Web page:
"That’s teaching for you – it’s the greatest job in the world.”
An old text message from my dad, the headteacher, was a phrase never forgotten as I embarked on my first year of teaching.
Depending on the circumstances I found myself in this year, the phrase seemed to always be appropriate. I either thought upon it fondly as a message of encouragement (such as when watching students progress as a direct result of my teaching or gaining experiences that they wouldn’t have otherwise had).
Or I would see the quote transform into a sarcastic retort (such as when I had a stack of marking concaving my desk, a line of eager parents to see, and yet again reprographics had “lost” my worksheets).
Either way, I have come to find myself repeating my father’s wise words (in both tones, I’ll admit) throughout the year – and you know you’ve matured when you start to sound like your parents!
Like most NQTs, I dived head-first into my job with a world-dominating attitude which saw me hell-bent on radically transforming the performing arts faculty at the specialist school I was lucky enough to have been employed by!
My dive unfortunately became more of a splash landing after the inspirational educator who had texted me those words – my dad – began a battle with cancer, a battle which proved too fierce. He lost his short fight towards the end of last year.
When I reflect back now I’m not entirely sure how I coped during those few months – keeping my game face on at school as the newbie, learning and wanting to make a good impression, while being always somewhat distracted and spending my weekends travelling to the hospital.
It was the first time that I realised what a wonderful school I worked at though, as generous staff propped me up even though they barely knew me at that point.
I was also distracted by our children’s charisma and did exactly what my dad would have wanted me to do – I kept calm and I carried on, never losing my world domination mentality.
This mentality saw our faculty rewrite every scheme of work as we merged to become more of a unit, as opposed to three separate disciplines (performing arts as opposed to dance, drama and music).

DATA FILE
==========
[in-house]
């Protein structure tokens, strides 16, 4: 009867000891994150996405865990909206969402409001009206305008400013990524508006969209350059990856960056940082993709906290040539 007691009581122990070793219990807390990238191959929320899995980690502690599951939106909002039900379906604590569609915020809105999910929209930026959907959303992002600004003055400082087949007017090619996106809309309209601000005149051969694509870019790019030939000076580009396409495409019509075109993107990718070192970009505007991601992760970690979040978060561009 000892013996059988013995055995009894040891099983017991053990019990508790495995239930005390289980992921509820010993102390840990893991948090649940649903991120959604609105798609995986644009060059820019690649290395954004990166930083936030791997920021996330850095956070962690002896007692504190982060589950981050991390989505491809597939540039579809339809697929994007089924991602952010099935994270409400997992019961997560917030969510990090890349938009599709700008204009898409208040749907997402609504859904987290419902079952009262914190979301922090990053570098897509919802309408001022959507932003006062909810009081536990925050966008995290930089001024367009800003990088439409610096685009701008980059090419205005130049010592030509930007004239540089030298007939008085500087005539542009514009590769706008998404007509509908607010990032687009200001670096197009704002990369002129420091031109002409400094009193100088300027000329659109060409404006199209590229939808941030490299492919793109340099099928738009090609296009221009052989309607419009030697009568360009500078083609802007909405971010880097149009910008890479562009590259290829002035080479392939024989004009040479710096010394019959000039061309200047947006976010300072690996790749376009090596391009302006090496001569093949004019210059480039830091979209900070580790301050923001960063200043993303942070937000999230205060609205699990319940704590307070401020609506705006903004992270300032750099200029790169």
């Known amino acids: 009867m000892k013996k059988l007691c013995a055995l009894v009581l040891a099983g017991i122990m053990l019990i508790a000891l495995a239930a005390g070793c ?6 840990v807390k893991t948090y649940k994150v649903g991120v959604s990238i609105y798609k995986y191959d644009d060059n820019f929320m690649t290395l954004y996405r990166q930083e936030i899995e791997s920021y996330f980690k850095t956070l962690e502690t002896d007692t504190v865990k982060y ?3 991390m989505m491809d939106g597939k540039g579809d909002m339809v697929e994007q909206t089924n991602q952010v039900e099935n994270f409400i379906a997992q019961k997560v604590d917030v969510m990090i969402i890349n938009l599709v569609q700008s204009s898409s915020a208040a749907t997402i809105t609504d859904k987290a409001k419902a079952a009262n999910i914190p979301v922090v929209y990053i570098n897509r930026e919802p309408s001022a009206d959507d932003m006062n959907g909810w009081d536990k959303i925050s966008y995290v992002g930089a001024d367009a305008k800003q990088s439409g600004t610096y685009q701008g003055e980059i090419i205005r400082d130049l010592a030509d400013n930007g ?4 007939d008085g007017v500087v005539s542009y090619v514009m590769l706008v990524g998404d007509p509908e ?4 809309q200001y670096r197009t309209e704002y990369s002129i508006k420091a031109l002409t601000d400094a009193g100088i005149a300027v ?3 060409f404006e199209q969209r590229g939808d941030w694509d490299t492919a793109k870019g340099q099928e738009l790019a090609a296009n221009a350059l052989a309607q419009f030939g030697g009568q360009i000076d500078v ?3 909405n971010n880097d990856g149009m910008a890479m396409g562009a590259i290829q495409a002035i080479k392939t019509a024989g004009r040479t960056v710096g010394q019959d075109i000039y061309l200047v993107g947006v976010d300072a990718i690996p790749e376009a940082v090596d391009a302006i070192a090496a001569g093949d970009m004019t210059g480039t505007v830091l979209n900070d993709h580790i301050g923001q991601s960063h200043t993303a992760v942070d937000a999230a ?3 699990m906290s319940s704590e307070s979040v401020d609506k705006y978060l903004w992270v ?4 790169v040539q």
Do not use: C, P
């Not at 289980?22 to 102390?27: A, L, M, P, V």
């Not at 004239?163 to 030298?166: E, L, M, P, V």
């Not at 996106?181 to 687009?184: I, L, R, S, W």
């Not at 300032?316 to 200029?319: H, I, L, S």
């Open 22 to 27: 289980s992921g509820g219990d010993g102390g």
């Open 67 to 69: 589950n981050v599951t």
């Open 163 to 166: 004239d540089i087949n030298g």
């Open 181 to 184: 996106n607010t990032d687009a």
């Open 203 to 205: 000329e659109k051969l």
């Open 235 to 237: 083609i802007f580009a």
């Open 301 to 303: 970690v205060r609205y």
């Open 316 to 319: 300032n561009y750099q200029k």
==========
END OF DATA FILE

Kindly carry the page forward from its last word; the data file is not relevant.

It saw me organise numerous trips (including an international residential performance weekend), host countless shows, reform the extra-curricular interests, and remodel our GCSE framework.
One thing I have learnt is that with each new initiative comes a tree’s worth of paperwork, whether it is risk-assessments, show listings or schemes of work – and this is certainly the side of this job I least enjoy.
As our faculty continued its firm march onwards to reach outstanding standards, I was fortunate enough to be promoted to second-in-charge of performing arts, which rapidly extended the learning curve which had only just started to get smaller.
Of course, I was incredibly grateful for the opportunity and honoured by the school’s faith in me – but scared also!
Ageism concerns swept over me as I realised that I was by far the youngest in the faculty, along with general concerns about failing or neglecting my NQT focus.
And yet the largest worry I faced was how to manage these people, who were all far more experienced than me. I’d had expensive and extensive degree training on how to manage children – sanctions and rewards, parental involvement if required and so on – and yet suddenly faced with these adults I felt quite helpless as I tried to find my feet in this new role.
Contending with school politics, extra responsibilities and staff who didn’t do as asked or to deadline was a real struggle. I tried to remain as friendly and approachable as possible. However, I soon learnt that I had to be firm with the staff just like the children!
A few months into the post, our head of faculty was off work for a period of time with illness, and this certainly threw me in at the deep end as I had to step-up yet again – leading briefings, running shows, monitoring data and maintaining faculty morale which was falling as the school continued to make numerous changes in set up for the new academic year.
In some ways this perhaps helped me to establish myself, but I was certainly more than grateful for the head of faculty’s return a month later!
And as I look ahead, we face further change as our faculty depreciates (through what I hope is a compact school vision and not Mr Gove’s anti-arts footprint) and I will be leading the dance department solo with three exam classes and 520 key stage 3 students.
I’ve heard the second year of teaching is far tougher than the NQT year – I think I am about to experience why.
Our NQT diarist this year is a teacher of drama and dance at a school in Essex.